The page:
Why the P.S.A. about the dangers of payday lending, you ask? Because the biggest misconception about payday loans is that only people who regularly struggle with money need them. You might be reading this post from the comfort of your office at your well-paying job. If so, you’re probably thinking that you wouldn’t ever be so strapped for cash that you would actually respond to those cheesy commercials offering “$500 in just 5 minutes!” But the truth is, a growing majority of payday borrowers are middle class. They were financially stable adults, until one or two things went wrong and threw their financial world into turmoil. As Jonathan Mintz, CEO of the Cities for Financial Empowerment Fund put it, “The picture of the financially unstable is the picture of you and me but for a couple of breaks.” Often people fall into the payday lending trap because like me, they ignored those ads. They didn’t know what payday lending was or how financially harmful it could be, so when they suddenly became strapped for cash the product payday lenders pedal seems appealing, even life-saving.

The good news is, there are alternatives to payday loans available. Many credit unions and small banks offer short-term “emergency” loans, that provide a small amount of cash to a borrower based on their income. For example, here at Casco FCU we offer a Safety Net Loan. Members can borrow up to $1,000 for 6 months. Like a payday loan, your credit score doesn’t matter, approval is based on proof of employment. Unlike a payday loan, however, a Safety Net Loan is repaid in fixed monthly installments over a short period of time. Making payments also allows you to build a relationship with a reputable financial institution and to improve your credit score so you increase your access to traditional loans in the future. And perhaps most importantly, a loan officer will help you go over your monthly budget and give you advice on how to better manage your bills; the Safety Net Loan isn’t just a temporary fix like a payday loan, it’s a solution to help you build a better financial future.

Long story short – stay away from payday loans! They’re never a good idea.

 

Unlike Rihanna, Your Lender Doesn’t Love the Way You Lie

If you’re dating a girl and you find out she’s cheated on every boyfriend she’s ever had, you automatically become convinced that she’s cheating on you, right?

Or let’s say you just found out that the guy you went on a date with last night is also currently dating seven other girls. If that’s not a turn off, I’m not sure what is.

Guess what? Your financial institution feels the same way. Not about your dating history, but about your credit history. A bad dating history can make someone hesitant to be with you; likewise a bad credit history makes lenders cautious about approving you for a loan. If you’ve mistreated other lenders in the past, what proof do they have that you’ll treat them differently? It turns out the world of finance isn’t just about numbers, it’s often more about the relationship between the lender and the customer.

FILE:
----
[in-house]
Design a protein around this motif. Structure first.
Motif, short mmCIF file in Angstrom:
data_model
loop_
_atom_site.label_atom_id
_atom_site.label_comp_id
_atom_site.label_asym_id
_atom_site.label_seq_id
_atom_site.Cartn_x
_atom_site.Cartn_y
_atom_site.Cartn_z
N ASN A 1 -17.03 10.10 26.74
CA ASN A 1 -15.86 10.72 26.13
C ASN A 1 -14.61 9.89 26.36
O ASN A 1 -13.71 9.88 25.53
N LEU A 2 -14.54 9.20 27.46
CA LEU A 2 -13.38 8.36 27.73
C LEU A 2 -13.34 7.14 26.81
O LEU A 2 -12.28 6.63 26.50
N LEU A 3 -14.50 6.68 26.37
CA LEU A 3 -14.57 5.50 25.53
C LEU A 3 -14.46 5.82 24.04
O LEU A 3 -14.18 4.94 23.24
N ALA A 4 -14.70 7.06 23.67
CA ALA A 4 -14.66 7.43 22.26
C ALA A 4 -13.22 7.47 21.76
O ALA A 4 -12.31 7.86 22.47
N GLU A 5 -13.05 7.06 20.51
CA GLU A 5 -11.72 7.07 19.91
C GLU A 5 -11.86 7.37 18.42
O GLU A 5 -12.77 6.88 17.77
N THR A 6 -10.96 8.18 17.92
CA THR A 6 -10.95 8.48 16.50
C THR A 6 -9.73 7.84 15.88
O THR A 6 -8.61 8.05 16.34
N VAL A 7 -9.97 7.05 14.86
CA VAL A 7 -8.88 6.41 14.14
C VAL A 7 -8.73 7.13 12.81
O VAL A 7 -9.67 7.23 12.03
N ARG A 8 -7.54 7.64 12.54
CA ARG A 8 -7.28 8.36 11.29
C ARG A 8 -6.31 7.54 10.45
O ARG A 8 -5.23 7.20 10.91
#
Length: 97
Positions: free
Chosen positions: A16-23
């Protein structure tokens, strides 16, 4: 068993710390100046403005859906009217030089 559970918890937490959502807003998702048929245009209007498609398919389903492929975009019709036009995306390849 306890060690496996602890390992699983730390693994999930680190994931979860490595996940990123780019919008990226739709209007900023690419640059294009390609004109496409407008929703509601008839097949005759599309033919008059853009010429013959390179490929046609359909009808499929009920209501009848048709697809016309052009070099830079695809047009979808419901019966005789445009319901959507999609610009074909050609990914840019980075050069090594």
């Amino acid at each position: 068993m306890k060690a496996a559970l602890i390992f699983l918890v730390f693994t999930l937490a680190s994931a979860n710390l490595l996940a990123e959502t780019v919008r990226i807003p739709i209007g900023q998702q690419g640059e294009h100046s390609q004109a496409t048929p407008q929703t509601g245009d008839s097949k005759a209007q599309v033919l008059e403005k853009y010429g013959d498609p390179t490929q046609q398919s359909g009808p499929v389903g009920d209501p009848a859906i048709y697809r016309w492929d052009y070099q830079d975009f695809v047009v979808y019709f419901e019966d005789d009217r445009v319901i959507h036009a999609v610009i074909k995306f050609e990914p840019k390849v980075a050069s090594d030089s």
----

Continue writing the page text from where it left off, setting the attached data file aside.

As addicting as this show is, you wouldn't want to be on it yourself.

As addicting as this show is, you wouldn’t want to be on it yourself.

Here are two money habits that are a major red light to potential lenders looking to approve you for a new loan:

  1. You’ve made late payments in the past. This is where the “once a cheater, always a cheater” philosophy comes into play for lenders. One late payment might not seem like a big deal, but it is to your financial institution. Just like cheating on an ex shows your new love interest that you might cheat on them, making late payments proves to new lenders that you are more likely to get behind on your payments to them.  Plus once a payment is past 30 days due, it gets reported to your credit history and it stays there for two years. That would be like cheating, and then not only do you have to feel guilty about it and apologize to the person you cheated on, but every love interest you have for two years after that has written confirm that you’re a cheater. This will result in a lower credit score, higher interest rates, and in come cases denial for loan or credit application. So avoid the trouble. You committed to making a payment. You committed to a relationship with your credit union or bank. Now you have to follow through. Make your payments on time.
  2. Your credit card balance is close to your limit. Capacity, or how much of your available revolving credit you are using, makes up 30% of your credit score. Simply put, how much of the credit available to you are you actually using? If the limit on your credit card is $10,000 is your current balance $100 or $9,999? You want your dream guy to be desirable to others, but you don’t actually want him to date others. Similarly, you want to have credit (in the form of credit cards, Home Equity Lines of Credit, or Unsecured Lines of Credit) available to you, but you don’t want to use the maximum amount. So be selective. Don’t put unnecessary things on your credit card. Pay off your balance in full each month. Use no more than 40% of your available revolving credit at a time.

In conclusion, you gotta treat your financial institution right. Otherwise it will tell all of its friends and no bank or credit union will want to date you . . . I mean finance a loan for you.

Need more help understanding your credit history and/or credit score? Check out:  https://www.creditkarma.com/ or https://www.annualcreditreport.com/index.action.